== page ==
Digital Masterclass at the 2014 Emerging Writers’ Festival

Vertical Marketing, Online Presence, and Dino-Erotica

Featuring Nathan Farrugia, author of The Chimera Vector & Anne Treasure, The Civic Group

Writing isn’t what it once was, with writers expected to move faster than ever before, needing to keep up with bandwidth speeds and with brand new skills. The role of ebooks, social media, websites and more will be explored in this new masterclass to show you how to best launch your work into this brave new world of words.

The digital space allows publishers to identify niche audiences and target work to established communities of readers. How can writers engage with these groups in genuine, non-spammy ways? How important is a great author website to a writer’s online presence? Join Anne Treasure, recent survivor of the publishing industry, for a discussion with genre fiction author Nathan Farrugia (The Chimera Vector), as they work their way through a brave new world of ‘molecular specialisation’, metadata obsession, fan fic, and bestselling self-published dinosaur erotica.


We’re post-digital: the Kindle, which sparked the avalanche of digital reading, was first released in 2007. It’s been 7 years since digital reading and publishing went mainstream.

People used to refer to ebooks, but that feels clunky now – we just call them books, and it’s how you interact with the books that is defined – reading in digital or reading in print.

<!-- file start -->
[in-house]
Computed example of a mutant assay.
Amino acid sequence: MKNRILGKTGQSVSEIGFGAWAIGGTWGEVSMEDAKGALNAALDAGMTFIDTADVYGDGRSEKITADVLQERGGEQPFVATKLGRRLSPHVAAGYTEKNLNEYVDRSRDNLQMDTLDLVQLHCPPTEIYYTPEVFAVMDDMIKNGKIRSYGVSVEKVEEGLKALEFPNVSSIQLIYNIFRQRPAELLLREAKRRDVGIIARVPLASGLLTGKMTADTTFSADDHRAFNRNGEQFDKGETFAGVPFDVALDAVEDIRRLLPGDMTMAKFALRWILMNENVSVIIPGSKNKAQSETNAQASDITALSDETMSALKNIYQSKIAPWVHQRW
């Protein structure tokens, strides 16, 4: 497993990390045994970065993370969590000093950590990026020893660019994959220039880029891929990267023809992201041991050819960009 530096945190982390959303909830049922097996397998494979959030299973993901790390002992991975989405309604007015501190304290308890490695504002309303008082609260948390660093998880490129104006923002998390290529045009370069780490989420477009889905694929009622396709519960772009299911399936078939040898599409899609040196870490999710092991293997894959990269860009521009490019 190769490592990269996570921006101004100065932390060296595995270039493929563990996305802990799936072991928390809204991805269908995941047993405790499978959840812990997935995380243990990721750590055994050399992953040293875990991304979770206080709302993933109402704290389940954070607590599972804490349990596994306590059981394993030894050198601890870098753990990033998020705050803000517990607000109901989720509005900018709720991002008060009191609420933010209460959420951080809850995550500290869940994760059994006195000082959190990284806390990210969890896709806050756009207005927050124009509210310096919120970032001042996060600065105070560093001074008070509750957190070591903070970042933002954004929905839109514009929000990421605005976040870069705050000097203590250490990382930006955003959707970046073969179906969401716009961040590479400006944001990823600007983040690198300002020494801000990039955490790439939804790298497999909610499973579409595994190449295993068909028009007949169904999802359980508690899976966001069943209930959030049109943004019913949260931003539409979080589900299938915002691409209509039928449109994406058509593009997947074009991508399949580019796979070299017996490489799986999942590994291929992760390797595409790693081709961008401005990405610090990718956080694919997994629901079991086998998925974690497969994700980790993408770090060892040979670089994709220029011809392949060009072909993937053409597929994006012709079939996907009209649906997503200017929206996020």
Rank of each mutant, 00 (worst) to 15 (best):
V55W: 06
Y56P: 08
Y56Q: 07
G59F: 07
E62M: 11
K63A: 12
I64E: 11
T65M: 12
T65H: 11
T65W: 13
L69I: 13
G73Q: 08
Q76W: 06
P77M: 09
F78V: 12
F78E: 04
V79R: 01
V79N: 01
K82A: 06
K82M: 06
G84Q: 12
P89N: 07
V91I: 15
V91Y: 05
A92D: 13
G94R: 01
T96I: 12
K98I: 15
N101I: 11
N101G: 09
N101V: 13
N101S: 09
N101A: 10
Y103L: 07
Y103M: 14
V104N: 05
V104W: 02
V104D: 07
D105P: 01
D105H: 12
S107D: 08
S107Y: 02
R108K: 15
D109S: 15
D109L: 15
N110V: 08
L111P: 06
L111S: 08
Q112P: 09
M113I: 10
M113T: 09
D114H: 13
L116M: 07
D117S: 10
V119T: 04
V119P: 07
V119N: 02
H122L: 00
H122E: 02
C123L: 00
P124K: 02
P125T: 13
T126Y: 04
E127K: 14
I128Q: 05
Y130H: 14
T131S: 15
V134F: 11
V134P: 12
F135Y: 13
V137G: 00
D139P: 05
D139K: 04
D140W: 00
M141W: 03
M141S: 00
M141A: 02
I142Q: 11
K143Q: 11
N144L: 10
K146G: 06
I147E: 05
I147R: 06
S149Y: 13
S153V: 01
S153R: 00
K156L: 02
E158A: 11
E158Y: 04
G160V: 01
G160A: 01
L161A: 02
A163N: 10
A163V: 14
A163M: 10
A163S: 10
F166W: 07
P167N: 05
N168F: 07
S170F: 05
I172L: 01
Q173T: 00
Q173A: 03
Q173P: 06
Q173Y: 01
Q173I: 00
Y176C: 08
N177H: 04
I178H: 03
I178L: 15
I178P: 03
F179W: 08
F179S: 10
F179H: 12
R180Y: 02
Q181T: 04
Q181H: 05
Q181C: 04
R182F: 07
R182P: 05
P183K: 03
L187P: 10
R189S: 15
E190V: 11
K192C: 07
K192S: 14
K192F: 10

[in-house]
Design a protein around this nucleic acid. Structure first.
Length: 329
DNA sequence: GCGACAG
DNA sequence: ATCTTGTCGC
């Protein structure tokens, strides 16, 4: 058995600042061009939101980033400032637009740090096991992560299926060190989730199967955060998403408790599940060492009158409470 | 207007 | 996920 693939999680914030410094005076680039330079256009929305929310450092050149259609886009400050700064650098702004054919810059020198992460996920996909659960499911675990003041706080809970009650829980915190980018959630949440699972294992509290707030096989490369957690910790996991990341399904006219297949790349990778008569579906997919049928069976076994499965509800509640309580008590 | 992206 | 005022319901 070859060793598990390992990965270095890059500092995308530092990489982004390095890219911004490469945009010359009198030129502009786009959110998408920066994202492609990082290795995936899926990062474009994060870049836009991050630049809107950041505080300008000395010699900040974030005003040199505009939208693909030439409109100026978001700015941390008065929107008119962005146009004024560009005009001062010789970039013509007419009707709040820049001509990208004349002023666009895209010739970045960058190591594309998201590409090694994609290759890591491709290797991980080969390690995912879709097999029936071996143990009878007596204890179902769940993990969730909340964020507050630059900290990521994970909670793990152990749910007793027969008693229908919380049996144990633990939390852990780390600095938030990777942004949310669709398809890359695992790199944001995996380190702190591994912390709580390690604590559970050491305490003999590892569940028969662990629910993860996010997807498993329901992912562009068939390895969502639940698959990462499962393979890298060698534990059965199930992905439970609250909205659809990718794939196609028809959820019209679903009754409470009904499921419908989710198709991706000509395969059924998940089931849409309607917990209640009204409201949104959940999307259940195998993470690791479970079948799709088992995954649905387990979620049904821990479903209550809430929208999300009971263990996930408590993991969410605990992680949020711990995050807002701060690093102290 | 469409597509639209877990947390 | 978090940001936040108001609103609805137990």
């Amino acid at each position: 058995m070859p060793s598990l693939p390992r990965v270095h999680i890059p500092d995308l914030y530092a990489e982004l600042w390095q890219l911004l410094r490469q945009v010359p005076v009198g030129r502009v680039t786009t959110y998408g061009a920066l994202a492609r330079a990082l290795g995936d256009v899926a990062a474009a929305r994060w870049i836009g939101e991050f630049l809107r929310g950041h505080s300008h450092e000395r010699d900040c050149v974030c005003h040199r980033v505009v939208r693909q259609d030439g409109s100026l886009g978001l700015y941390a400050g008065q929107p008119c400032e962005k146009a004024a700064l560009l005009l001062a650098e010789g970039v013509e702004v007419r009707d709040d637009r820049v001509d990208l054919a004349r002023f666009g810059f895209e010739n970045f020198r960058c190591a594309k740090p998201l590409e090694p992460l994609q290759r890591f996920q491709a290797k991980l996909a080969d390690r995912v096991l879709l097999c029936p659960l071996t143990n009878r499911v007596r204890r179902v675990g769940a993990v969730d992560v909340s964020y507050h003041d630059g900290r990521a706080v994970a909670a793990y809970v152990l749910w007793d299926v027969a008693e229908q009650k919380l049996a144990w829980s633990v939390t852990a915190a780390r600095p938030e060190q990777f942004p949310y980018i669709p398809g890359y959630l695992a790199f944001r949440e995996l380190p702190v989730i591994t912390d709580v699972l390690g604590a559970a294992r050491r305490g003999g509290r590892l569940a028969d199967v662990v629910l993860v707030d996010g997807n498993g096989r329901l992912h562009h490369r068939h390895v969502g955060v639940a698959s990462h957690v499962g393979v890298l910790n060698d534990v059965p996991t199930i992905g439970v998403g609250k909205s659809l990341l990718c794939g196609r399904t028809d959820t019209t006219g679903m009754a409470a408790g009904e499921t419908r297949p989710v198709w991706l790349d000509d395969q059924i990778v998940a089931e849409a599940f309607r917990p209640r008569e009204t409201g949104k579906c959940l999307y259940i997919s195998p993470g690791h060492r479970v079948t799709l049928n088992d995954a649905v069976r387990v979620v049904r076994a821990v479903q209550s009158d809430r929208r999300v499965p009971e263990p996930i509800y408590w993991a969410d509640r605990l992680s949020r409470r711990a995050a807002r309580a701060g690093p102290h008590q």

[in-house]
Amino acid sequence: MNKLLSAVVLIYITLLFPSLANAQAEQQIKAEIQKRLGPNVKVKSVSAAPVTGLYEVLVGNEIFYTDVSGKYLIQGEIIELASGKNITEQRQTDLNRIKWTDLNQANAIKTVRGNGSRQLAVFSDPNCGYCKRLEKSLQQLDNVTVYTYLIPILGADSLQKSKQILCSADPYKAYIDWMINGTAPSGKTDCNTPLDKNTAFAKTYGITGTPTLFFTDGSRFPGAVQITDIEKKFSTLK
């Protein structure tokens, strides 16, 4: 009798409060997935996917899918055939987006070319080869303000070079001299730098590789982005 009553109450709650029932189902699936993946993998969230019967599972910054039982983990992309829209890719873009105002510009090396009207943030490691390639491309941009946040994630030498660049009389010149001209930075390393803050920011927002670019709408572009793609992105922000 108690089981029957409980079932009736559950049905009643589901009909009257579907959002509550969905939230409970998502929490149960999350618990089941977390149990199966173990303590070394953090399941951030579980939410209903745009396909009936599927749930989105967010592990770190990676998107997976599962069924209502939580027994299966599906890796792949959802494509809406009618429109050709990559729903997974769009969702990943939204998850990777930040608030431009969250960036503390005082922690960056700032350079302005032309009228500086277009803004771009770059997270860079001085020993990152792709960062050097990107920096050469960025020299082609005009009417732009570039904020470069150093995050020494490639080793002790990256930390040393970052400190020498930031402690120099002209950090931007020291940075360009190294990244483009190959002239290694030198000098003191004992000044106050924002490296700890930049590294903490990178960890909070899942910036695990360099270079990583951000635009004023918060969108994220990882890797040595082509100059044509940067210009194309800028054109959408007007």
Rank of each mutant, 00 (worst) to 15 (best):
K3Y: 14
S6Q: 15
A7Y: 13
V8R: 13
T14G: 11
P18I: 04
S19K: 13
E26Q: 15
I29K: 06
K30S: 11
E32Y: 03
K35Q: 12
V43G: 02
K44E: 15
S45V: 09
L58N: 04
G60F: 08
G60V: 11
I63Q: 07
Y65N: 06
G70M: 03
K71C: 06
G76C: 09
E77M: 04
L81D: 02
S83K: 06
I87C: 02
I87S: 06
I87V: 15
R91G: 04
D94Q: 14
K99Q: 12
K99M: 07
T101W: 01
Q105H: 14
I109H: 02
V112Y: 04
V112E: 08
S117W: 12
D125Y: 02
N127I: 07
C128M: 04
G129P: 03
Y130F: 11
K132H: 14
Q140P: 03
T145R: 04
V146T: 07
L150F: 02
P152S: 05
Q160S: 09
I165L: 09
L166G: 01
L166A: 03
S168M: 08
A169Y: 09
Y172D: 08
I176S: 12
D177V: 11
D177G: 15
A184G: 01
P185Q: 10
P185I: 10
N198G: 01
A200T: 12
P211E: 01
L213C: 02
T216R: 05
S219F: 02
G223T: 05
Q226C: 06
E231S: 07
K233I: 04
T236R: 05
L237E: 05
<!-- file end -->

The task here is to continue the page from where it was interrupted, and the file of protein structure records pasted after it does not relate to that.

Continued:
Readers now place a premium on convenience. All publishers should be focused on making books available when and where readers want them – with global availability, low cost and free of constraints.

But the big traditional publishers operate like ocean liners, and their course is set years ahead – they take a while to turn. Although, if Tor can do it

There are huge opportunities now for individual authors and start-ups to establish a presence by doing things more effectively, using reader-led decision making.

Infrastructure is important: making sure that the right infrastructure is there is more than half the battle for publishers – this can mean establishing platforms and communities and setting up all the framework required for readers to serendipitously find a book.

But most often it should mean publishers identifying segments of the market that already have this framework and then accommodating them.


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